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Brazilian Guitar Music
Pedro Aguiar (guitar)
rec. 2019, Ermita de Sant Blai, Mallorca, Spain
NAXOS 8.574069 [63:48]

Brazilian guitar music is, generally speaking, synonymous with exciting rhythms, catchy melodies, virtuoso playing and life-enhancing vivacity. It also has close bonds to jazz and popular music. And, dear reader, you will be treated to a profusion of those aspects on this well-engineered CD which, besides a handful of old friends, contains a plethora of wonderful pieces that hopefully will be added to your exsisting circle of friends. The technical side of the project is well catered for with Norbert Kraft in charge as producer, engineer and editor, a function he has had for Naxos’ guitar recordings since 1994, often together with his wife Bonnie Silver. Responsible for the playing is Pedro Aguiar, born in Brasilia in 1990 and winner of 15 international prizes, including the prestigious Alhambra Guitar Competition in Valencia in 2018, which was the direct reason that he was offered to record the present disc in May the following year.

Say Brazil to someone whose memory stretches back to the 1950s and 60s and she/he says Luiz Bonfá and Black Orpheus or Antônio Carlos Jobim and The Girl from Ipaanema. Neither of them is represented here but could well have been, as they were on a much earlier Naxos CD (8.550226) with guitarist Gerald Garcia, which also includes some of the same pieces and composers as here. A later offering with guitarist Graham Anthony Devine (review) covers more of this repertoire. Both those discs are recommendable and there is fairly little overlapping between the three discs. But let us concentrate on the disc under consideration.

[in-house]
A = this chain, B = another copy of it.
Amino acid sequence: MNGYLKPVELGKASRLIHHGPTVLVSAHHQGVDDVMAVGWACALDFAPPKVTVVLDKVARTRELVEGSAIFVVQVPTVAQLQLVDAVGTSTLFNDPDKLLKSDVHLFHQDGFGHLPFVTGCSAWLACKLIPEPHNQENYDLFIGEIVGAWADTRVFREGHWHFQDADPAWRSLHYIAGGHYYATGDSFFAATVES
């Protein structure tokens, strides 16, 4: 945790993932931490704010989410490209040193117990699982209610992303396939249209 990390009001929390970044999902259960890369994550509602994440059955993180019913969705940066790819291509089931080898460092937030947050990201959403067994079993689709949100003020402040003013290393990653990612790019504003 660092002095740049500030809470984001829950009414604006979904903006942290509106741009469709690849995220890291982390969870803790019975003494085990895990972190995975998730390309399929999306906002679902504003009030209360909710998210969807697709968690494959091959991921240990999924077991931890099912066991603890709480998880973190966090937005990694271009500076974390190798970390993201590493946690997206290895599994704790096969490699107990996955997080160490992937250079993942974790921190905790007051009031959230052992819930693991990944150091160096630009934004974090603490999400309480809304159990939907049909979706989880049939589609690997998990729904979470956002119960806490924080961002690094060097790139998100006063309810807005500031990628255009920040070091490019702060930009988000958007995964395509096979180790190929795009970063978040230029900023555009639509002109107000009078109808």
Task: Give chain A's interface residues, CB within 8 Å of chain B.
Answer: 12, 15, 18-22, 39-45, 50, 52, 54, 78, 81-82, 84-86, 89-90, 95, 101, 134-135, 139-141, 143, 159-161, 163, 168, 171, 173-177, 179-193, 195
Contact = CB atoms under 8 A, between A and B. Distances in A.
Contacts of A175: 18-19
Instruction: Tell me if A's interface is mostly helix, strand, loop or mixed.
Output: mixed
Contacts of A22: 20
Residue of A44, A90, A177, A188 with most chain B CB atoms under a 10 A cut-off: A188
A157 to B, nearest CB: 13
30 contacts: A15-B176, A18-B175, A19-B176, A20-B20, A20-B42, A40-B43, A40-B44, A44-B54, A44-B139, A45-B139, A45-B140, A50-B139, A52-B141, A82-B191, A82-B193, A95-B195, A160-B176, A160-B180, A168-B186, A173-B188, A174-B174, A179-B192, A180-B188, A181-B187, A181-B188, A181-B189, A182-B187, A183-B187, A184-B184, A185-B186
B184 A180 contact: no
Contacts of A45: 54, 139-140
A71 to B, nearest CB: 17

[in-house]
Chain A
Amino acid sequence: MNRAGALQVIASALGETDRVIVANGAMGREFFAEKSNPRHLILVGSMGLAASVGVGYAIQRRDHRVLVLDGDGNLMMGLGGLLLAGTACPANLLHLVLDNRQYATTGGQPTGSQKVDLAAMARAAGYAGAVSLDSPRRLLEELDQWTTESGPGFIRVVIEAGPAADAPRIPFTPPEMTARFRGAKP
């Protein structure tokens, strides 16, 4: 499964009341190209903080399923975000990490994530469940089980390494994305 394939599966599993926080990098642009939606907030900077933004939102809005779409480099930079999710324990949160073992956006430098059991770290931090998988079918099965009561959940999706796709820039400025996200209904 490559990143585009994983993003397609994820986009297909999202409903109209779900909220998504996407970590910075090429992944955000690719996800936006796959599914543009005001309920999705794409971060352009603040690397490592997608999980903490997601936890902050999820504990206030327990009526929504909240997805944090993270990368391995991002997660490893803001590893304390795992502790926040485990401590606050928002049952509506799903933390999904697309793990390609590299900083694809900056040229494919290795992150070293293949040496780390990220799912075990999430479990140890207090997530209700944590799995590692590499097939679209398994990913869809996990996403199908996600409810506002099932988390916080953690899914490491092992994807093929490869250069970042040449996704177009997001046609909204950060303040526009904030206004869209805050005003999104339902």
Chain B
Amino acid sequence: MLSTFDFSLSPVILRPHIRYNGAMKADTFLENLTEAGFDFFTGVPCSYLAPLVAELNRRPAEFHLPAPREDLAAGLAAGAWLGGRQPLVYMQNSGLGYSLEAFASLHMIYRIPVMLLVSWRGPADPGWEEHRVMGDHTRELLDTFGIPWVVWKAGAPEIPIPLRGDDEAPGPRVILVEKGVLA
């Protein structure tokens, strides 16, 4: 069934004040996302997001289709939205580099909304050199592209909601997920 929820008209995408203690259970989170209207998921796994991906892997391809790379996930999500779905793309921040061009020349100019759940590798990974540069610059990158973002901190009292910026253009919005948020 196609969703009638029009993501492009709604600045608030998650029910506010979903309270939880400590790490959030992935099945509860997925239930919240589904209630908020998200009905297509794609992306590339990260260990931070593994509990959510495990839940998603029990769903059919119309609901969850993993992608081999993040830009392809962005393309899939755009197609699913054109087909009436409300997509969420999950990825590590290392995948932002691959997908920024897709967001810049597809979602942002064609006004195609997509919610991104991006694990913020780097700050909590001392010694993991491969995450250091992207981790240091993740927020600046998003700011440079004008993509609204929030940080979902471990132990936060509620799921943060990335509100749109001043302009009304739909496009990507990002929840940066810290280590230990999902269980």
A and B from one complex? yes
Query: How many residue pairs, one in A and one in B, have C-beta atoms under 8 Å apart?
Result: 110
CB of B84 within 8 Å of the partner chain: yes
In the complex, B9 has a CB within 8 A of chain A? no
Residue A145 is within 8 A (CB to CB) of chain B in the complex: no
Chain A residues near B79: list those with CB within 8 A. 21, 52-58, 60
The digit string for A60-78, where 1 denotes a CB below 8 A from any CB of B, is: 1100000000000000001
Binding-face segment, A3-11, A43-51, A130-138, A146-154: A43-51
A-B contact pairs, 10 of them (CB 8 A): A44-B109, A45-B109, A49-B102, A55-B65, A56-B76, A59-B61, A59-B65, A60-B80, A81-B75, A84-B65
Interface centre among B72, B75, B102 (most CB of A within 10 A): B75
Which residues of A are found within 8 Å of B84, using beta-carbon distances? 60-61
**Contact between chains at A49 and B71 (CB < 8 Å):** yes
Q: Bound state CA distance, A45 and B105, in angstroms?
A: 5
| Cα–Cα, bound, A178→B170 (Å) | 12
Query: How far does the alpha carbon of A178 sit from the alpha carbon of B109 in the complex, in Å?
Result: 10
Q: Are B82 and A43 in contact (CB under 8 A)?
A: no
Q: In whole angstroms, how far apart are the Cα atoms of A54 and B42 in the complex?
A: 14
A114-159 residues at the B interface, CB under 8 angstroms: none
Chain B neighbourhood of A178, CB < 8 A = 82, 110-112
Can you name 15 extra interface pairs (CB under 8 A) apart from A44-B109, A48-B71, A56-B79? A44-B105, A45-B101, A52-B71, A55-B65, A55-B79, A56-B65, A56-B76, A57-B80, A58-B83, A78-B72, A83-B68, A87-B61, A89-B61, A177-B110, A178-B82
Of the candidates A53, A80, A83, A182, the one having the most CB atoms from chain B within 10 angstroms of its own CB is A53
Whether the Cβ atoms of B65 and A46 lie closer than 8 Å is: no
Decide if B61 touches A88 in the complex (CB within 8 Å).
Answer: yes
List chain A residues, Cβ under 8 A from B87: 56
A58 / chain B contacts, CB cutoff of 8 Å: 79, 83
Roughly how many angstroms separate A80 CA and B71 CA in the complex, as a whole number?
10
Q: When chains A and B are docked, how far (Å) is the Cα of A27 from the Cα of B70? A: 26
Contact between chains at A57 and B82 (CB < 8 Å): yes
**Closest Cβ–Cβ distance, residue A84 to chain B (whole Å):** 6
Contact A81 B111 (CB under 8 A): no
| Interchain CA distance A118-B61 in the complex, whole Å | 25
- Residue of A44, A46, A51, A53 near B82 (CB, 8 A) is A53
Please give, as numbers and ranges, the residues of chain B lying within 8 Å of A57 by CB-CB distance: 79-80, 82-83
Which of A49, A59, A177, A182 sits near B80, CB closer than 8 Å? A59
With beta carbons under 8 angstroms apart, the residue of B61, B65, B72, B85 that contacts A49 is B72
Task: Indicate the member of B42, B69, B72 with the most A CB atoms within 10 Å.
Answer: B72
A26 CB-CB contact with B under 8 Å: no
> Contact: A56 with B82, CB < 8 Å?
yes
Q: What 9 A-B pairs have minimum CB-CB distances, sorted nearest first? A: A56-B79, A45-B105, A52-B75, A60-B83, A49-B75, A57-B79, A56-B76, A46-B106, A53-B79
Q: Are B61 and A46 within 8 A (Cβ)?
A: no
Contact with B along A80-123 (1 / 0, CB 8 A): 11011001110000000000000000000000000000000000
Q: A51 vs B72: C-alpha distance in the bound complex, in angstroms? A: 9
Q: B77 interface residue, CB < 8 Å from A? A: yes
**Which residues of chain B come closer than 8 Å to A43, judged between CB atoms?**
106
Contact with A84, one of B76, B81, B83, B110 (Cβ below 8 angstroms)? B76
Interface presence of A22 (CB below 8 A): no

Marco Pereira was only just born when Bonfá’s Black Orpheus music became a world hit. But he must have heard it innumerable times when he grew up in Saô Paulo and perhaps also when he moved to Paris and took his Master’s Degree at the Sorbonne, where his thesis, interestingly, was on Heitor Villa-Lobos and His Work for Guitar, some of which will appear later in this programme. I wouldn’t say that there are any direct influences from Bonfá but there is something of the slightly sorrowful atmosphere, distantly sentimental, one can find in Manhã de Carneval as is the original title of the Orpheus theme. On the other hand this is something we can find in much of the Brazilian music – and even in the Latin American music at large. O choro de Juliana, which Devine also plays, is rhythmically enticing, the tune is catchy and the technical dexterity of Pedro Aguiar is stunning – as is Devine’s too. Rhythm and virtuosity also characterises Radamés Gnattali’s Toccata em ritmo se samba. There is a slow middle section before he returns to tempo I and truly intricate rhythms. Gnattali was pianist, conductor and arranger and a prolific composer of symphonies, string quartets, instrumental works and 26 concertos, six of these for guitar. The Three Concert Studies for Guitar (1950 – 1981) of which the Toccata is No. 2, were dedicated to the legendary Brazilian guitarist Laurindo Almeida (1917 – 1995) who was a versatile artist. Both as a composer and performer he was at home in classical music, popular repertoire and jazz. In the 1940s he was a member of Stan Kenton’s then highly successful band and was frequently featured as soloist. He and Bud Shank were pioneers in creating bossa nova, though they called it samba-jazz.